October would have been so much better for the trees. I have already decided I will replant this Fall if the apple trees die, and I’ll probably replace the dead trees with more peaches since the one I planted has done so well. The soil out there is just so rocky. Call it a lesson learned or a failed experiment, but it looks like I will end up buying my apples at Publix.

I turned fifty in May. My husband, kids, parents, and two of my best friends surprised me with an epic 80’s themed party that I still haven’t gotten over. It was the most fun, and I cried many happy tears as I looked around that room and saw all the love that was aimed at me. It was a room so unique and diverse in every way. God, how is this my life? I’m so lucky and blessed. Dozens of women and men, old and young, black, white, hispanic, asian were all there because they are my friends. For a girl who grew up in a sadly homogenous town to be loved by such a beautiful ethnic rainbow of humanity is a true miracle. I don’t take it lightly.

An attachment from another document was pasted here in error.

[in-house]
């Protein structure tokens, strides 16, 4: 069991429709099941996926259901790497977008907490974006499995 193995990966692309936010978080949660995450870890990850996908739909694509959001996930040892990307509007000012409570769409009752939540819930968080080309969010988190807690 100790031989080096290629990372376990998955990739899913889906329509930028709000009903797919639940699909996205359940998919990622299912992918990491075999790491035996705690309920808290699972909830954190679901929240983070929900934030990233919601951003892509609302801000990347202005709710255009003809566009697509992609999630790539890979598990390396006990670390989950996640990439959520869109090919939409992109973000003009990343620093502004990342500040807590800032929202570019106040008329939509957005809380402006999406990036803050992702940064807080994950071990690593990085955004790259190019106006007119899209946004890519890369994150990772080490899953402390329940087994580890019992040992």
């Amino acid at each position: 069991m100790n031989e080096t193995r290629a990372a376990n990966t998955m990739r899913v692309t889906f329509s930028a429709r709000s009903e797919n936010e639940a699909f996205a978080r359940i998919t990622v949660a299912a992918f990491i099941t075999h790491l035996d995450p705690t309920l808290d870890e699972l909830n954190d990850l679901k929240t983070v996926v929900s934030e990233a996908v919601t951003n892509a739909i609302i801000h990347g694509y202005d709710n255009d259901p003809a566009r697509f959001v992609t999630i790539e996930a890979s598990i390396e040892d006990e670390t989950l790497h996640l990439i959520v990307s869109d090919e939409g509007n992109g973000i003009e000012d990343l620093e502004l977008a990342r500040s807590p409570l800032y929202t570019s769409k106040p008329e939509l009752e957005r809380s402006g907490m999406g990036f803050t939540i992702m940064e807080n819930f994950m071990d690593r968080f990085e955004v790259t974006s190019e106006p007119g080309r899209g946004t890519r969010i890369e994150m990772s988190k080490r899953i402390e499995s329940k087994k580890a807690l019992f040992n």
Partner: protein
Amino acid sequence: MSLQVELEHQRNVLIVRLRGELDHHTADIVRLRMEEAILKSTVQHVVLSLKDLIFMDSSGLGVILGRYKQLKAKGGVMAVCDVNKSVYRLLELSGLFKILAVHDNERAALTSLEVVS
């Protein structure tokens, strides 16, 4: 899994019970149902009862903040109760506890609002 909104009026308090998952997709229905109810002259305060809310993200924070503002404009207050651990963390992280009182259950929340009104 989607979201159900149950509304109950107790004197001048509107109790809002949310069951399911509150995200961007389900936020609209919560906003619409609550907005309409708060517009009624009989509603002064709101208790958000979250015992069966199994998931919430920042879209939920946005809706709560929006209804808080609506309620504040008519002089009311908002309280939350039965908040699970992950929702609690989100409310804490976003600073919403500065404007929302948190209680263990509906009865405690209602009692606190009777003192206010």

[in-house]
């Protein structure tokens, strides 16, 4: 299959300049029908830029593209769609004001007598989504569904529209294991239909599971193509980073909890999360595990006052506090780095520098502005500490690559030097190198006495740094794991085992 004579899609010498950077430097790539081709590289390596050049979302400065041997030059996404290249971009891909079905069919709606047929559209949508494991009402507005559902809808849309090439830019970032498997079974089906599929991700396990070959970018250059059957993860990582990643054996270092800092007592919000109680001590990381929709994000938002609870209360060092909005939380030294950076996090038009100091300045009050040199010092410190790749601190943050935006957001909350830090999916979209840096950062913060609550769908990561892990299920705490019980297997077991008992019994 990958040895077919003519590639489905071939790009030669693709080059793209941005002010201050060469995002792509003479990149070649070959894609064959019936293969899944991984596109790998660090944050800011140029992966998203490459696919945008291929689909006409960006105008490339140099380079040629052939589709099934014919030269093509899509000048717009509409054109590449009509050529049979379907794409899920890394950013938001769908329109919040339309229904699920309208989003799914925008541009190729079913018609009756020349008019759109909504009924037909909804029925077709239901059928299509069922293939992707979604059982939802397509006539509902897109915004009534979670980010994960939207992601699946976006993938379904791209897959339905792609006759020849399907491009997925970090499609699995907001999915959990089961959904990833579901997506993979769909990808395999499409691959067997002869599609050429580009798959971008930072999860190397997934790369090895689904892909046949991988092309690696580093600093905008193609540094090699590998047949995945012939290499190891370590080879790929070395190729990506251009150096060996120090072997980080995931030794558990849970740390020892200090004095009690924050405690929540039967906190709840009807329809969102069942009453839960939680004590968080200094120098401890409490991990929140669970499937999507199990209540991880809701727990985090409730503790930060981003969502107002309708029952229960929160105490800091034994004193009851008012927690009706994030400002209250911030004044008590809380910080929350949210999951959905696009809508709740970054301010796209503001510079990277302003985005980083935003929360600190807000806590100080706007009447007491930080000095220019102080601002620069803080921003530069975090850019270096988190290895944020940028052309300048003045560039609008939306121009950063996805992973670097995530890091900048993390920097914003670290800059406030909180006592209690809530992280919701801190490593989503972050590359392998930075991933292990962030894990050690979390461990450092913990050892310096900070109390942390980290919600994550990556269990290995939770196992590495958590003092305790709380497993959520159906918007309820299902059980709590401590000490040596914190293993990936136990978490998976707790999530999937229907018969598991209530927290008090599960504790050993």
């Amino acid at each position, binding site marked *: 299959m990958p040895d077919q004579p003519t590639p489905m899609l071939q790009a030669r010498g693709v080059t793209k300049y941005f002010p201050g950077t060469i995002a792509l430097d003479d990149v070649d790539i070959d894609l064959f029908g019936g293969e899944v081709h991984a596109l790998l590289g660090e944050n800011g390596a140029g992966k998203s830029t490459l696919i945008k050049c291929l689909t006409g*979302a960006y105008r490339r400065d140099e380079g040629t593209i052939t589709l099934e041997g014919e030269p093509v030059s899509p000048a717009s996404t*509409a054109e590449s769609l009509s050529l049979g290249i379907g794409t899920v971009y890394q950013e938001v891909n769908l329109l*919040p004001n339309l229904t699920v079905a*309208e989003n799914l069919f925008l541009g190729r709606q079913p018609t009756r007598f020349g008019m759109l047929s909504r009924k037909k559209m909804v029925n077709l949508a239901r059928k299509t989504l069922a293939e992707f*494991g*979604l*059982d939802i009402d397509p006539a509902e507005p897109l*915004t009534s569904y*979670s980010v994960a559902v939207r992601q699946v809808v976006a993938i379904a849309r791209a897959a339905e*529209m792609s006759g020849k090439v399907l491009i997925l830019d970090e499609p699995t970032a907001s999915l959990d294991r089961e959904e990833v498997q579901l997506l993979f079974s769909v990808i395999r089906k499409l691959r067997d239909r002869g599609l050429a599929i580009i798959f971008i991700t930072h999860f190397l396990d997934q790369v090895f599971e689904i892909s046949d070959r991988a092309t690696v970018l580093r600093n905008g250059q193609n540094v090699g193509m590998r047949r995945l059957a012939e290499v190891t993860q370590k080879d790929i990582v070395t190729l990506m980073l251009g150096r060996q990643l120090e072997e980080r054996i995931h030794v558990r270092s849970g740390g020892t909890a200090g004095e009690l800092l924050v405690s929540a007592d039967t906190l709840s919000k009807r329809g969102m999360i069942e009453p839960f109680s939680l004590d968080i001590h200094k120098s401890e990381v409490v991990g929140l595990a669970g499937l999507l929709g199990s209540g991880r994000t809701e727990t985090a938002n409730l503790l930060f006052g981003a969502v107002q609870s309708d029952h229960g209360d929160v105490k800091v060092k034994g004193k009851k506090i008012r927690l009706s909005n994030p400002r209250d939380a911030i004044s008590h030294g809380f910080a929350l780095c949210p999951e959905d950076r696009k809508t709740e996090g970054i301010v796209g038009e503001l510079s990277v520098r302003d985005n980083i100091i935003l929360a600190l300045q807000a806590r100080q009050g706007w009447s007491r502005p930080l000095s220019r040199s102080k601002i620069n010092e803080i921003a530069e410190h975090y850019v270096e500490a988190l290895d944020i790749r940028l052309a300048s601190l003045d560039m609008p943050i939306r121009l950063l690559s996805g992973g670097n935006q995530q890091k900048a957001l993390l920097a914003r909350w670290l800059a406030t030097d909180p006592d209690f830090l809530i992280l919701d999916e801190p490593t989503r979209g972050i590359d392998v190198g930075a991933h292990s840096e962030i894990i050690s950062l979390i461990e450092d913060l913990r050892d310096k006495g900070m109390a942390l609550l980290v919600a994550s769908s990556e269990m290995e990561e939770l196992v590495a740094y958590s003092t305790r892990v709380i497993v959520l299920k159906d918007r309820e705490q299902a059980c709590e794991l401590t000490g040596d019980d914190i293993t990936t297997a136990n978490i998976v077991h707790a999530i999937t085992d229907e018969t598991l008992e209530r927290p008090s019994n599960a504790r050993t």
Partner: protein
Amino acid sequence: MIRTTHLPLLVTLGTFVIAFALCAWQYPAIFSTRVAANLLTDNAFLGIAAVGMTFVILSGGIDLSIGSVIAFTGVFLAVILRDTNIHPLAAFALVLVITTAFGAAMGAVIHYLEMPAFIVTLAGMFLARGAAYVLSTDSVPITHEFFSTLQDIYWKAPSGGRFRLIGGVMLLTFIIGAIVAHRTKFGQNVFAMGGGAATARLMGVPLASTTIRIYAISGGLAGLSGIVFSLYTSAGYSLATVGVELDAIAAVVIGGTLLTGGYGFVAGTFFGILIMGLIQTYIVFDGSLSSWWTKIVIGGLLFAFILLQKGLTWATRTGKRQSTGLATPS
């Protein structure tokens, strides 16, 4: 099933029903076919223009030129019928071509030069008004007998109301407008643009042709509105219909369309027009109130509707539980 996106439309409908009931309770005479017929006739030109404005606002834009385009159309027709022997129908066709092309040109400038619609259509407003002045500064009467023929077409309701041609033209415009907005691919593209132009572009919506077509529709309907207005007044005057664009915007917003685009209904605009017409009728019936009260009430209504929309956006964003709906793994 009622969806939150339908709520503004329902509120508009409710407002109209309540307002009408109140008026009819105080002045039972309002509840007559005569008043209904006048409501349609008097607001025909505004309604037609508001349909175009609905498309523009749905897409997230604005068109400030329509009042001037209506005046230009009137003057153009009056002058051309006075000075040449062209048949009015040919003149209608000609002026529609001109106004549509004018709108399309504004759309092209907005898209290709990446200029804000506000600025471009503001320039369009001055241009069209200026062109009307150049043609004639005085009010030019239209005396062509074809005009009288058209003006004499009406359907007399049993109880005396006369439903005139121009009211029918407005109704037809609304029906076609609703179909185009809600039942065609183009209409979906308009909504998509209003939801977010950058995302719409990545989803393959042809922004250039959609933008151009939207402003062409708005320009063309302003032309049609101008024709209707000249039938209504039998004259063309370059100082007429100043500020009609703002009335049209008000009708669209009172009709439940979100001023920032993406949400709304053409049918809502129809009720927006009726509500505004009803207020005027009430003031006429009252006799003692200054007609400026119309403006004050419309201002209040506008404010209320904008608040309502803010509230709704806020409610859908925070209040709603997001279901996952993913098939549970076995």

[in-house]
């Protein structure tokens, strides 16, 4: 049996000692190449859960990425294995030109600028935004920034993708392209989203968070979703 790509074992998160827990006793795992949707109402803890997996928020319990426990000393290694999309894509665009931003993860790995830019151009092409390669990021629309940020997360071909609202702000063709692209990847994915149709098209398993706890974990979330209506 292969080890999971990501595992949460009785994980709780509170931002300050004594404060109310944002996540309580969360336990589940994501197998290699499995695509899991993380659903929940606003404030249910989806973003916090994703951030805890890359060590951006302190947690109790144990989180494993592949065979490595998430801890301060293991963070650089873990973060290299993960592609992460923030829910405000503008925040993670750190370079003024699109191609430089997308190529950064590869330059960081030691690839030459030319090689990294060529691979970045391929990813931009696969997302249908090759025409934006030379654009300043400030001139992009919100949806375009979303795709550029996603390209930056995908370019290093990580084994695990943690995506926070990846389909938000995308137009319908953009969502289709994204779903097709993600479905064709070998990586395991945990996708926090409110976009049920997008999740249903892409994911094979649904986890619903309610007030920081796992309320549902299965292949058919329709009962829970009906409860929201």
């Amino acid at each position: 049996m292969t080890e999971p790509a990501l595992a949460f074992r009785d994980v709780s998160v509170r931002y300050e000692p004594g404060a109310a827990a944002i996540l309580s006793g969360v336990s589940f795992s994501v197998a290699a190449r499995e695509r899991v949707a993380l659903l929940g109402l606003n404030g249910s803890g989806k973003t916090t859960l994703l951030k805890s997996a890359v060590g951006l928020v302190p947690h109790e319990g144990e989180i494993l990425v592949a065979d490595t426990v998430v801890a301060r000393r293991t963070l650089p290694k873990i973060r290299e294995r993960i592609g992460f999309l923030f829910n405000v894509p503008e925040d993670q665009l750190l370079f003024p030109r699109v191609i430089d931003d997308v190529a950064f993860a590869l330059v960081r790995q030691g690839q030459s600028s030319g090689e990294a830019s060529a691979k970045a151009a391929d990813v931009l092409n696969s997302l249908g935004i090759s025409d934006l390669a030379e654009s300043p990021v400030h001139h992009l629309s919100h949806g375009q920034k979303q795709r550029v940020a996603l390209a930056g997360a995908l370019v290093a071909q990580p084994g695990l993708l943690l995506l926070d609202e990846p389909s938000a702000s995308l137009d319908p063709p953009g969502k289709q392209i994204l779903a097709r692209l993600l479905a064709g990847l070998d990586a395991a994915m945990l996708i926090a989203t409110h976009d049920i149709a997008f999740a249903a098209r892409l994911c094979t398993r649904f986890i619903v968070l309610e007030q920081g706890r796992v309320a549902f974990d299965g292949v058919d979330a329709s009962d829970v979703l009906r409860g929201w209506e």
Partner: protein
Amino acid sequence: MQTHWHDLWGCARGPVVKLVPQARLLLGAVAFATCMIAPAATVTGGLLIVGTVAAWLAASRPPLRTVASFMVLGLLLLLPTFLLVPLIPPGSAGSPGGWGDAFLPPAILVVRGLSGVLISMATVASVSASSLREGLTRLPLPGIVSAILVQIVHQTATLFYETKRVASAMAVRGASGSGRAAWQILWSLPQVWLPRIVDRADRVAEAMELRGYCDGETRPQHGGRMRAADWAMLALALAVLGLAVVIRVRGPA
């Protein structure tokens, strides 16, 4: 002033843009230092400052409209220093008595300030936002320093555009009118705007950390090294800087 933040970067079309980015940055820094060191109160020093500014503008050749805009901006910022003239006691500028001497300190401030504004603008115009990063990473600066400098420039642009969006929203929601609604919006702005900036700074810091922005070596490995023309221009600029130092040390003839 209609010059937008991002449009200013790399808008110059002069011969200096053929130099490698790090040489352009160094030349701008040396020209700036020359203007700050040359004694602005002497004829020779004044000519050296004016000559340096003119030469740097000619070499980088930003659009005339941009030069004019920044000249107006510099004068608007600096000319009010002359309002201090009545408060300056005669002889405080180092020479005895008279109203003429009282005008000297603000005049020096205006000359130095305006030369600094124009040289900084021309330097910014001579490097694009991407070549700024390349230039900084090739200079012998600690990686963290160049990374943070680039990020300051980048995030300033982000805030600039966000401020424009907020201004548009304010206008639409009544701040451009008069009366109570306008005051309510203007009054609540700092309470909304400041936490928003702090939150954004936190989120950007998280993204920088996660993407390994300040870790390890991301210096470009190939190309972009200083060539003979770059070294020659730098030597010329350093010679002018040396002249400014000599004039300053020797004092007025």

Fifty is an interesting age. There is something about saying it out loud that still feels warm. Fifty. I am fifty. It doesn’t bother me, which I find surprising.

Don’t get me wrong, my joints remind me often of my age. My back has a crick that likes to act up if I get too excited. I quit dying my hair and am embracing the sparkles of gray that dot the new growth. I am what some consider past my prime, but I realize something important.

It may be the Autumn of my life, but Autumn is the best time to plant a lot of things.

There are things that were planted in my twenties that have long since died. Dreams, plans, how I thought my life would look by now, some long-held ideas about the world, and lots of really bad theology. Some things died because it wasn’t the right time to plant them. It was the wrong season. I should have waited. Some things died, though, because they didn’t belong in my life at all. No matter how much I wanted them, they would not and could not survive in the ground of my life because it did not provide (for whatever reason) the environment they needed to grow and thrive.